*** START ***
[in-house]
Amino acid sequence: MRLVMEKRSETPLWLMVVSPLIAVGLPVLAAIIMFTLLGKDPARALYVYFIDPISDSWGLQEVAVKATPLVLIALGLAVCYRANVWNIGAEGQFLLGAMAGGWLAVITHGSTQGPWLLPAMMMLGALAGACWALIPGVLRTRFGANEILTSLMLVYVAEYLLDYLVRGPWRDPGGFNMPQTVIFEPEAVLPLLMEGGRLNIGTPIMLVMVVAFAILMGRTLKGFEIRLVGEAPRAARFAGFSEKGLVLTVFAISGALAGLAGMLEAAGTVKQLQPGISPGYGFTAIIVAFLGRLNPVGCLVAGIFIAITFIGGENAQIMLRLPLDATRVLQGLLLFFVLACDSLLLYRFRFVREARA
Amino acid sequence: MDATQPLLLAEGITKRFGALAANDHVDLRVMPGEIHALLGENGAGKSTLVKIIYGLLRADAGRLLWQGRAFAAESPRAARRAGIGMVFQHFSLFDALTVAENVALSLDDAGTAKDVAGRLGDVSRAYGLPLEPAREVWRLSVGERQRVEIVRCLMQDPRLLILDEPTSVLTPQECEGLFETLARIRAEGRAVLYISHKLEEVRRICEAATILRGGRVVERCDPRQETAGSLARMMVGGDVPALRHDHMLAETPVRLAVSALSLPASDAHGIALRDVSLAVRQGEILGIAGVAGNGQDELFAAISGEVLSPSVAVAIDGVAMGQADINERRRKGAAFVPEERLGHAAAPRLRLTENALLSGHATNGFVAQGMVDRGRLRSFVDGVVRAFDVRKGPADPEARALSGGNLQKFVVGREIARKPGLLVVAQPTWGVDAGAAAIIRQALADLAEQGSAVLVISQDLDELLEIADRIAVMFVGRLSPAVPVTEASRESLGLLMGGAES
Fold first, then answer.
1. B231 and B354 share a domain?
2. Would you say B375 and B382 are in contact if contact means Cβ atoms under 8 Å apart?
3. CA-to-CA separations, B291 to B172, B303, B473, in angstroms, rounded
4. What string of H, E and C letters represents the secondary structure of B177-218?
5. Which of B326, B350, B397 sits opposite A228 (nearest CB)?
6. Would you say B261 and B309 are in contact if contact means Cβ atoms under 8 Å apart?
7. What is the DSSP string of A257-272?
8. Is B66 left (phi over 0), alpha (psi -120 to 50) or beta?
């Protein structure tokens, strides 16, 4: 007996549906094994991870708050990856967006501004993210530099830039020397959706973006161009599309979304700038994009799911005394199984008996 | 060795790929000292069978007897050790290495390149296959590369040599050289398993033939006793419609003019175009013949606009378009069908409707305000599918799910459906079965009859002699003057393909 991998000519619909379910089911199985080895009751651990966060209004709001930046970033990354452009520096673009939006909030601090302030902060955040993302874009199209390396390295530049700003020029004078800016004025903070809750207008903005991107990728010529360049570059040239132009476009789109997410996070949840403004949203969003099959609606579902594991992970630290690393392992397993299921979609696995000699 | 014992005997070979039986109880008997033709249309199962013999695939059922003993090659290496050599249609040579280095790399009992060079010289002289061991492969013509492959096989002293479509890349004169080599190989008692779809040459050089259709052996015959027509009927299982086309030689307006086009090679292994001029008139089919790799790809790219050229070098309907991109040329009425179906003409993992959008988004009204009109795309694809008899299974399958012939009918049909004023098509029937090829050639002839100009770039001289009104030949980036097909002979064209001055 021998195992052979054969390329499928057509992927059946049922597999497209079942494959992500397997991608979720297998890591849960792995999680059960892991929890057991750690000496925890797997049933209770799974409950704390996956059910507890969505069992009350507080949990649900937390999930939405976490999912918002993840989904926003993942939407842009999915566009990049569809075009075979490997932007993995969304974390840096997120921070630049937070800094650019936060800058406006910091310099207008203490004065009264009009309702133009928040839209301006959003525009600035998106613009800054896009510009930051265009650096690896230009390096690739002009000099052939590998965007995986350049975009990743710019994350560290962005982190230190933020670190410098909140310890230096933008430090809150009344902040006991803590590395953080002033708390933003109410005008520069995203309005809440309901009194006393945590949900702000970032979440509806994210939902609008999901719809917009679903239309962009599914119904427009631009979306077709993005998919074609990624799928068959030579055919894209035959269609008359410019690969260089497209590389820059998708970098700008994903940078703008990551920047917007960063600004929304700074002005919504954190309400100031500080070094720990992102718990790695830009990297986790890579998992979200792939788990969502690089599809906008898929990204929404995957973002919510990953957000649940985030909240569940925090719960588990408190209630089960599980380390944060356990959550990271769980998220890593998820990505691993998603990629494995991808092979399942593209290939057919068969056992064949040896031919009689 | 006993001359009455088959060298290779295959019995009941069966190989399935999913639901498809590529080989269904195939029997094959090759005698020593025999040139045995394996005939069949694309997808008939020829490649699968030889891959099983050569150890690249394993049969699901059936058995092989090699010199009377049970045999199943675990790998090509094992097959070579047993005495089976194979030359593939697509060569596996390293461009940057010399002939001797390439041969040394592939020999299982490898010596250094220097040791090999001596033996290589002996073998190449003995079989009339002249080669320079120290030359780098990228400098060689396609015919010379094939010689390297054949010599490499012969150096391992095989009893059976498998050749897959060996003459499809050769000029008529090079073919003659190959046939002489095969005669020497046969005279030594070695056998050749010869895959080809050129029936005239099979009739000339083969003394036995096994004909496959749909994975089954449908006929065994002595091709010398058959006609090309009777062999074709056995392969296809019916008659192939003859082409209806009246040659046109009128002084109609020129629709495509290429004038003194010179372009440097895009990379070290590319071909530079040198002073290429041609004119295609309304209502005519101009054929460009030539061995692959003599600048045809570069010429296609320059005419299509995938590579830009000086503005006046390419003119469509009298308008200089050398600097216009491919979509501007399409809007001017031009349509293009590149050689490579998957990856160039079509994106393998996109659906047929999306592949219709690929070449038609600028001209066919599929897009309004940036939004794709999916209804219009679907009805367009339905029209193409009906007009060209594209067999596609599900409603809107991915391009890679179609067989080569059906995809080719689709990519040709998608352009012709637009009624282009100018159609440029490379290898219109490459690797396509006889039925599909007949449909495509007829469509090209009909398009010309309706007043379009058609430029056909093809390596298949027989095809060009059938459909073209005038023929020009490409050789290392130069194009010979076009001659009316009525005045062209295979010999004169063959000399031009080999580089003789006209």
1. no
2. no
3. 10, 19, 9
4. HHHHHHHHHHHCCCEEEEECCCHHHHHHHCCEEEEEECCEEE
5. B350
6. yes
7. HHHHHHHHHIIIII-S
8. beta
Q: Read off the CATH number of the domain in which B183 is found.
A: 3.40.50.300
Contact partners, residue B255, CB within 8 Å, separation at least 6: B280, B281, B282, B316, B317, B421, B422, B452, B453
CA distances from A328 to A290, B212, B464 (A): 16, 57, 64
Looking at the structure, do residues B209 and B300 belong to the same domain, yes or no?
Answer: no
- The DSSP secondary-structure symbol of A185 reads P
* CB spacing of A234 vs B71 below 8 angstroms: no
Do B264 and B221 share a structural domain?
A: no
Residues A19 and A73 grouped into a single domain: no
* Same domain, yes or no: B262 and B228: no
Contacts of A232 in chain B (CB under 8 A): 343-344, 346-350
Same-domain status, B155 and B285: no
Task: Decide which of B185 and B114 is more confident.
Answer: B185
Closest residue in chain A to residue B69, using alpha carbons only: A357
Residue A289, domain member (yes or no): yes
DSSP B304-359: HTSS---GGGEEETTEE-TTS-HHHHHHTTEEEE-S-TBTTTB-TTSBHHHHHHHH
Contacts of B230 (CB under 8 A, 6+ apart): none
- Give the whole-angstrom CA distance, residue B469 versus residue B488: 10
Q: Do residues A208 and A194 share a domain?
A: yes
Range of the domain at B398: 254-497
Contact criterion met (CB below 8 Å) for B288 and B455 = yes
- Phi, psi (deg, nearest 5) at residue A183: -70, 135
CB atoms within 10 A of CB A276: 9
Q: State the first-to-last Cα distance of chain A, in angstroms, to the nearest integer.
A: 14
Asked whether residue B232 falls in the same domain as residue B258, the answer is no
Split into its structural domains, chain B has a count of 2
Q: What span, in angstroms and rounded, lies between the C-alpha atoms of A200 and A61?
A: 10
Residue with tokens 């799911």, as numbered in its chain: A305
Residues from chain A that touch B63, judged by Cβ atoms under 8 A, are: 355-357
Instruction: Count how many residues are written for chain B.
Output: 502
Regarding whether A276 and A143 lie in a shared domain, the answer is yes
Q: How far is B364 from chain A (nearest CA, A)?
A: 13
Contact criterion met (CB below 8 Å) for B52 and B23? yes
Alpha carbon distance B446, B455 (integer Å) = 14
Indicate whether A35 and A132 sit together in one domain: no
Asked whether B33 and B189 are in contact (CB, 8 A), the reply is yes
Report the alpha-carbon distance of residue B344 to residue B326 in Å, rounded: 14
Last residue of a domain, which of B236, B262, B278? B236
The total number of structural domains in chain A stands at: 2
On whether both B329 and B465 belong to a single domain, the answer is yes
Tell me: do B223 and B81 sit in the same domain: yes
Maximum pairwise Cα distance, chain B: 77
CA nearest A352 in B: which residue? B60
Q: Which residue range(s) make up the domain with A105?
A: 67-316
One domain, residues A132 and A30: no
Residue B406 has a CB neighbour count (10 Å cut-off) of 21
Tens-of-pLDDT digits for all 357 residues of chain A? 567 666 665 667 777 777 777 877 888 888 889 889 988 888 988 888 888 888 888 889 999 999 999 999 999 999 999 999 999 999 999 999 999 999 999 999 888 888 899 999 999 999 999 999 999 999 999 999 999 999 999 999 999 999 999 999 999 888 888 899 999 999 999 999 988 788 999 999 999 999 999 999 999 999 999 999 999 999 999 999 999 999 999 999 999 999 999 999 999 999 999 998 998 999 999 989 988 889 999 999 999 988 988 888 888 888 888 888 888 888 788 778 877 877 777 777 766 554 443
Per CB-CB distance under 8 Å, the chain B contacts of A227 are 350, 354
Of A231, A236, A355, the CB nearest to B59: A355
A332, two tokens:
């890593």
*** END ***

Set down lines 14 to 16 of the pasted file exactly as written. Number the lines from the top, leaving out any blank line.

1. no
2. no
3. 10, 19, 9